The Sales Tax Cut Question

At the Plymouth County GOP gathering gubernatorial candidate Christy Mihos touted his support for a possible ballot question that would cut the sales tax from 6.25% to 3% and received loud applause from the packed room at the Rockland Holiday Inn. The sales tax roll back is something Mihos is using in his stump speeches and actively promoting on his website.

Charlie Baker, the current front runner in the race for the GOP nomination, has said that he is unsure of the proposed cut to 3% and currently only supports a cut down to 5%. This position is not surprising from Baker because he doesn’t need to make a splash with the party base. The latest polling on the race for the Republican gubernatorial nomination showed Baker with 43% of the vote and Mihos with 19%, the rest remain undecided.  Baker is a clean cut candidate with a spectacular resume boasting extensive experience in government and the private sector.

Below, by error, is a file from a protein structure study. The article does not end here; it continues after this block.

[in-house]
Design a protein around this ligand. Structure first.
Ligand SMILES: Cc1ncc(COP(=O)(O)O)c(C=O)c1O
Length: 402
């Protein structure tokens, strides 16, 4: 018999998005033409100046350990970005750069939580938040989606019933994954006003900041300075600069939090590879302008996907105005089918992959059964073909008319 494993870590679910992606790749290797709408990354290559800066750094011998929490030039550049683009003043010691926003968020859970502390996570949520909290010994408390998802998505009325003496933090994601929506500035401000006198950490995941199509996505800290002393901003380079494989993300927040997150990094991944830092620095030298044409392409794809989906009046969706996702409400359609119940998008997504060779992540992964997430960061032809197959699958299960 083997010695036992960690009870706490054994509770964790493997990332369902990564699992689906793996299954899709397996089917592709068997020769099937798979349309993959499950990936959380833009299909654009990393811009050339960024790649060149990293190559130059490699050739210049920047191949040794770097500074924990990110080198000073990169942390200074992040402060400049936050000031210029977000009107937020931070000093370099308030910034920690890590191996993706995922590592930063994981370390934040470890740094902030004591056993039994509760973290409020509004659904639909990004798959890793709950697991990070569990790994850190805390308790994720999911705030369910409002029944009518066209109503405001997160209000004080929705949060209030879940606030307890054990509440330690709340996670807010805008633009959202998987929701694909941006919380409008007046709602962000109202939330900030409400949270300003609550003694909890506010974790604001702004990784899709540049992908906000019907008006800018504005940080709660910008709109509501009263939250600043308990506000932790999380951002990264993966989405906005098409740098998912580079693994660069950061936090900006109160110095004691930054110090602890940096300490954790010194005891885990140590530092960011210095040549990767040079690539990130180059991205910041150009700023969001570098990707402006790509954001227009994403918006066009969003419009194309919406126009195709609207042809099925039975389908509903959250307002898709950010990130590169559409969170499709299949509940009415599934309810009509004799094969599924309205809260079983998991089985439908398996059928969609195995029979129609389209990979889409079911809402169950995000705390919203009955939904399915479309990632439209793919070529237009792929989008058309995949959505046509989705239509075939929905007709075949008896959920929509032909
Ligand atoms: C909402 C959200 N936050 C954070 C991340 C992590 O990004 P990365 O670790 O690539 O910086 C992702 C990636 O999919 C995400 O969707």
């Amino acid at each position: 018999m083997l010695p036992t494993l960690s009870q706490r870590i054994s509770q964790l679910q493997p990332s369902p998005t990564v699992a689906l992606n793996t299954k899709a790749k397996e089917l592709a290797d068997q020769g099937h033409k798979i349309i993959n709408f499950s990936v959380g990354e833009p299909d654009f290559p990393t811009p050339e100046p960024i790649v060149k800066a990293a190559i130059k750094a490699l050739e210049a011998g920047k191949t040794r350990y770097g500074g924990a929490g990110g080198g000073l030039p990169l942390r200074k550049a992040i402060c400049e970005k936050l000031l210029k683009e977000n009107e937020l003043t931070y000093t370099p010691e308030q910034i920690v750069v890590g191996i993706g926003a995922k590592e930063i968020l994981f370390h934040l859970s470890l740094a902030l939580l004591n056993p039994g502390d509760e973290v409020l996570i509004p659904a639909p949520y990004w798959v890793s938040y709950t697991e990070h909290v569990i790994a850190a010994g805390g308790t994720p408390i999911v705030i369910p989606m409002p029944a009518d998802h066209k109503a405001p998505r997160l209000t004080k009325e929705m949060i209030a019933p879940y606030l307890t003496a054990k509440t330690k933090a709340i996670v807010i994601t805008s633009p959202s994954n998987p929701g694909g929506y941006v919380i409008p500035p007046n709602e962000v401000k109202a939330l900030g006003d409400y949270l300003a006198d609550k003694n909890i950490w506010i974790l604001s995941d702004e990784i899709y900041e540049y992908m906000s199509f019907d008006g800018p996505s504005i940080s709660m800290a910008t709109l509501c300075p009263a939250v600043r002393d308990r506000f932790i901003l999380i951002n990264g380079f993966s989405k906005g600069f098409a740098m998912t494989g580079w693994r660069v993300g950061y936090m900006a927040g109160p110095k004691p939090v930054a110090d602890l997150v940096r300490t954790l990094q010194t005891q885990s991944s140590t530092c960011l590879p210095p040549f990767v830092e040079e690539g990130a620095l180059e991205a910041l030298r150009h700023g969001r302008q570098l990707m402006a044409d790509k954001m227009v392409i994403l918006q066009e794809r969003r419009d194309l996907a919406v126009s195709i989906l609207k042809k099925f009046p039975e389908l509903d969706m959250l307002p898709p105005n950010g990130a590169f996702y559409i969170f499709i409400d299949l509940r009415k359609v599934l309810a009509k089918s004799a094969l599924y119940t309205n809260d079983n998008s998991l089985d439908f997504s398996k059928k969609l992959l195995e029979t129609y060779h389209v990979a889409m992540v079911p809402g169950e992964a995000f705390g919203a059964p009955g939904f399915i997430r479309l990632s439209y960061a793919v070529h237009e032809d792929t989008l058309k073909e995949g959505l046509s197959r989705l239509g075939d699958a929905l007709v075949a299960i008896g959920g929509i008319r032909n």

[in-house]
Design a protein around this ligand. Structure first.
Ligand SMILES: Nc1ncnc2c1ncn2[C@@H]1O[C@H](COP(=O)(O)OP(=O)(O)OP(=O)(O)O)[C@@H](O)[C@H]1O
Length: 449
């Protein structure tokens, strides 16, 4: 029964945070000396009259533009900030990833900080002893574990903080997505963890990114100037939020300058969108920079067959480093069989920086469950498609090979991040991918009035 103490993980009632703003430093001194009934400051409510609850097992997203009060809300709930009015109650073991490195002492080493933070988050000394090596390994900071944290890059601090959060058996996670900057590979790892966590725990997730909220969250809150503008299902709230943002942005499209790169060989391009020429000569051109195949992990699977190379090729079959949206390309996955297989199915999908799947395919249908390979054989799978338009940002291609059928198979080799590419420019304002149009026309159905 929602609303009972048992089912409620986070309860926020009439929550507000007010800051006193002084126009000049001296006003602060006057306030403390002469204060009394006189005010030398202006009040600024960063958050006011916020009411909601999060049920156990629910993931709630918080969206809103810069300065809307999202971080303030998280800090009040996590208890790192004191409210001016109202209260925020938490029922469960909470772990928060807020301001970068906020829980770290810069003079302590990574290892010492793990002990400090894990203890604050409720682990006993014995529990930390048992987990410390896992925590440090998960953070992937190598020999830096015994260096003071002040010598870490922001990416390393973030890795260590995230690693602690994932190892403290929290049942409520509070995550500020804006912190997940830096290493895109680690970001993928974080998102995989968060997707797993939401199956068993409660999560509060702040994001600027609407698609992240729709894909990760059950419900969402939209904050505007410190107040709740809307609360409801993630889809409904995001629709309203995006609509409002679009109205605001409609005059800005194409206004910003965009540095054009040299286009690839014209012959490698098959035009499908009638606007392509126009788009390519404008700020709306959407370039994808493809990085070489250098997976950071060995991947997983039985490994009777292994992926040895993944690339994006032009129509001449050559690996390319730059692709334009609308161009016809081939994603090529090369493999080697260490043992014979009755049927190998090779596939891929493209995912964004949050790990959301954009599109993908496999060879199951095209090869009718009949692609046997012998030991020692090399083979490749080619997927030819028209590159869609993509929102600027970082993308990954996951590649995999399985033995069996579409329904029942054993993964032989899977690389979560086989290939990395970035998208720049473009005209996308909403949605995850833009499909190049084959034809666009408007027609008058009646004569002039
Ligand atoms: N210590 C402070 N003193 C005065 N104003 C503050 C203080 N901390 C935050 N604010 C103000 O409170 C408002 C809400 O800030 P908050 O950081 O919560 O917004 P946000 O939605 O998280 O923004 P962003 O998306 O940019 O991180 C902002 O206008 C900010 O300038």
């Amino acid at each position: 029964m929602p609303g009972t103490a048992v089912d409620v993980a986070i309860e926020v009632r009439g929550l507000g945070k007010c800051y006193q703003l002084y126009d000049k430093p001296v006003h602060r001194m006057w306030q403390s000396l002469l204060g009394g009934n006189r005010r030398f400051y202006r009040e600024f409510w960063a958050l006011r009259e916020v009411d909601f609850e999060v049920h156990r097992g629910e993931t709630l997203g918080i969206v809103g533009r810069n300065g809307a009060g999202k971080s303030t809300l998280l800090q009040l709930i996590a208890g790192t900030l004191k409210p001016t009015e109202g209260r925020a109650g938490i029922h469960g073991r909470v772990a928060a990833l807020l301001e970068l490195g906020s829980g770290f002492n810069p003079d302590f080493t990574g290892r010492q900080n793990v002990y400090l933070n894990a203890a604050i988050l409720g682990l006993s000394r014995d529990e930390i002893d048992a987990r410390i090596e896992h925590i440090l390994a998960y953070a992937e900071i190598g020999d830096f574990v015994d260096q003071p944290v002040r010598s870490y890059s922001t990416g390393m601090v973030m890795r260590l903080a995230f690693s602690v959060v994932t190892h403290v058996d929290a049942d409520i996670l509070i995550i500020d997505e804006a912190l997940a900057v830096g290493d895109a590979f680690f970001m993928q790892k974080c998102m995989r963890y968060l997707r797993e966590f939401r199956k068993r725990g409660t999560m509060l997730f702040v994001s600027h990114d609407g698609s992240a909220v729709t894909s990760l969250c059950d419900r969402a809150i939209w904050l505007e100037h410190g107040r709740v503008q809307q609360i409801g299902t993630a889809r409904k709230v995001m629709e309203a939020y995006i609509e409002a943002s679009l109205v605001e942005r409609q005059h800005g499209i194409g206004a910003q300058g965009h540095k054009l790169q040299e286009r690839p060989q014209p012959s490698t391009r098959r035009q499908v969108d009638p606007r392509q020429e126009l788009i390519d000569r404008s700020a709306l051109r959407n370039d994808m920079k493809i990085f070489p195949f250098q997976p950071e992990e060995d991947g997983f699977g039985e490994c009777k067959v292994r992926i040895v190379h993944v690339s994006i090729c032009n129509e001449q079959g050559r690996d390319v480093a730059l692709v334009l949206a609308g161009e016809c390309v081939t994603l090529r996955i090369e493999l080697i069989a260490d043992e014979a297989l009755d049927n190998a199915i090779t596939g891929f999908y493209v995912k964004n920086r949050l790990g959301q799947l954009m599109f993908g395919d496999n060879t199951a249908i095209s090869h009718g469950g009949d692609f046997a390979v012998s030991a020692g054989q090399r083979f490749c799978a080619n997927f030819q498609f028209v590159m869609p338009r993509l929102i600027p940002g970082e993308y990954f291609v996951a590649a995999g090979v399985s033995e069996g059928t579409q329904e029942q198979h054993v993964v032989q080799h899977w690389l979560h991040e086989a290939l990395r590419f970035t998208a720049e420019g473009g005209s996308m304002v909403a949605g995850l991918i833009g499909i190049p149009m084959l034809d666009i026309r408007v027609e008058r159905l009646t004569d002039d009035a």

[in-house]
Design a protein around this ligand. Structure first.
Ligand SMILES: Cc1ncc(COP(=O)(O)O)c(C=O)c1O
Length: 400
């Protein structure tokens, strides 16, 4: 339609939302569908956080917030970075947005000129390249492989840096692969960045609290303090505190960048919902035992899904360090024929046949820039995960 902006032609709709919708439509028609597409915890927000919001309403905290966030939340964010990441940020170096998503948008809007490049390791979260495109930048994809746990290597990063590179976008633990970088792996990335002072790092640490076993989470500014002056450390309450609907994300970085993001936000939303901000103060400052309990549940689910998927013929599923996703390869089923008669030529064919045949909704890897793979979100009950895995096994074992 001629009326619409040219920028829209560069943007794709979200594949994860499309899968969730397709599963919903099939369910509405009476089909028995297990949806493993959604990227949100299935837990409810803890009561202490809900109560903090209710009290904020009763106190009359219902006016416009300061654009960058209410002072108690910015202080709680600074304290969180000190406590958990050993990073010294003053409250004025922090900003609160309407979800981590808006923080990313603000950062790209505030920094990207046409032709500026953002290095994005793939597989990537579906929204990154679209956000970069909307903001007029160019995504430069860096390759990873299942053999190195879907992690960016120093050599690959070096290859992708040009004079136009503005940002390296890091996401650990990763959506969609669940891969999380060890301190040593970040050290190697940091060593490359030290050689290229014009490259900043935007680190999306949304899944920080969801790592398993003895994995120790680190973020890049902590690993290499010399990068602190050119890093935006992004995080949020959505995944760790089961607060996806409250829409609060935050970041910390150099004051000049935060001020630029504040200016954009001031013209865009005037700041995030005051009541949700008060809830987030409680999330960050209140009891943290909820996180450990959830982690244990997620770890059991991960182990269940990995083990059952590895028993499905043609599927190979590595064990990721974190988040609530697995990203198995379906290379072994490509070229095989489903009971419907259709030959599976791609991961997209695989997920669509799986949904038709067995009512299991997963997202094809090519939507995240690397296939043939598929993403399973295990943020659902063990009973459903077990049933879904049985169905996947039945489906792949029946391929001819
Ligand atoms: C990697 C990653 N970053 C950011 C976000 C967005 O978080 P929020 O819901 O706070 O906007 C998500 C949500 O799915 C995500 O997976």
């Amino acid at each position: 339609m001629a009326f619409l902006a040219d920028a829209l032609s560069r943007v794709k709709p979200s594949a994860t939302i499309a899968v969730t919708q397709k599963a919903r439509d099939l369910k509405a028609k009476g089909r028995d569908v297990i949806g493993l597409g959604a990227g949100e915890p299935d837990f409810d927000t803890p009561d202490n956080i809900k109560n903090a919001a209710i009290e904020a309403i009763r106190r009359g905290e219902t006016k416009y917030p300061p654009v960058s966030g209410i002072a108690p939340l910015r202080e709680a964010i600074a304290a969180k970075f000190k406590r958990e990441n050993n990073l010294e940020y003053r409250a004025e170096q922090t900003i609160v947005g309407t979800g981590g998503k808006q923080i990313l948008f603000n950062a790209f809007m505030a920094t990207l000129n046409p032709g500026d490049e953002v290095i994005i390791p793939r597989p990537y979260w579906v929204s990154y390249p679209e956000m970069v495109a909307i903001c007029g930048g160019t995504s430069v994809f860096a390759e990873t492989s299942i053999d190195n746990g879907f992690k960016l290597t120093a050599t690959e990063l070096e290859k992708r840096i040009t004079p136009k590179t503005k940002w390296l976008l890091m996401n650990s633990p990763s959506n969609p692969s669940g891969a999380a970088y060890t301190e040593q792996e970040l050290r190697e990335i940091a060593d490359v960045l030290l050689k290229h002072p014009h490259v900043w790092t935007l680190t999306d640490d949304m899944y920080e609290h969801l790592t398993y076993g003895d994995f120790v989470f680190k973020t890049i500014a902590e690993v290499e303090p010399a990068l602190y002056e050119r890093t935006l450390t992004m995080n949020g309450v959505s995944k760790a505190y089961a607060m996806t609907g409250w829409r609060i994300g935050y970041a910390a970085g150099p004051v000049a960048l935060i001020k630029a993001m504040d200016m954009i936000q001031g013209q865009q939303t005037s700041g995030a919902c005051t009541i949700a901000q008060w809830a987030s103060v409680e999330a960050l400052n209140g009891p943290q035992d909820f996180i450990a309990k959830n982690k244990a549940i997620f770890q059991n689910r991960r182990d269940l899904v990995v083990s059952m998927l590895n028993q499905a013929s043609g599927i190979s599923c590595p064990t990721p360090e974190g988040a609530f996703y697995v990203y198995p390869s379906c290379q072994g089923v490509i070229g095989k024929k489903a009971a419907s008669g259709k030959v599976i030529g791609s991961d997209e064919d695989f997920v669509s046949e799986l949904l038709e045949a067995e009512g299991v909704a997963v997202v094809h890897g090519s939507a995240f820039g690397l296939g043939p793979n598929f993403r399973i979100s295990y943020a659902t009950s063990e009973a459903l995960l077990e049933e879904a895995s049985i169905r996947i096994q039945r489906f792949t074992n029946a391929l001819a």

Mihos is still hurting among many activists in the party because of his choice to run for governor in 2006 as an independent. Mihos is rough around the edges as a political candidate but as a small business owner he has a very strong working class, everyman quality that Baker cannot match as a high powered executive.

What must be asked is why would a Republican candidate not support cutting the sales tax to 3%? The latest polling numbers indicate 59% of the voters support the ballot initiative to cut the sales tax to 3%. Plus it is not nearly as bold a proposition as the last one Center for Small Government proposed: eliminating the state income tax. The proposal to eliminate the state income tax was an extremely bold one and faced little chance of passing in the face of well organized and big government union funded opposition.

I understood Republicans opposing the complete elimination of the income tax. It was an extremely bold idea and maybe too bold for some. I find it difficult for Republicans – even elected ones – to oppose cutting the sales tax to 3%.

Cutting the state sales tax to 3% is a real possibility and it is something that a serious Republican like Baker should support.

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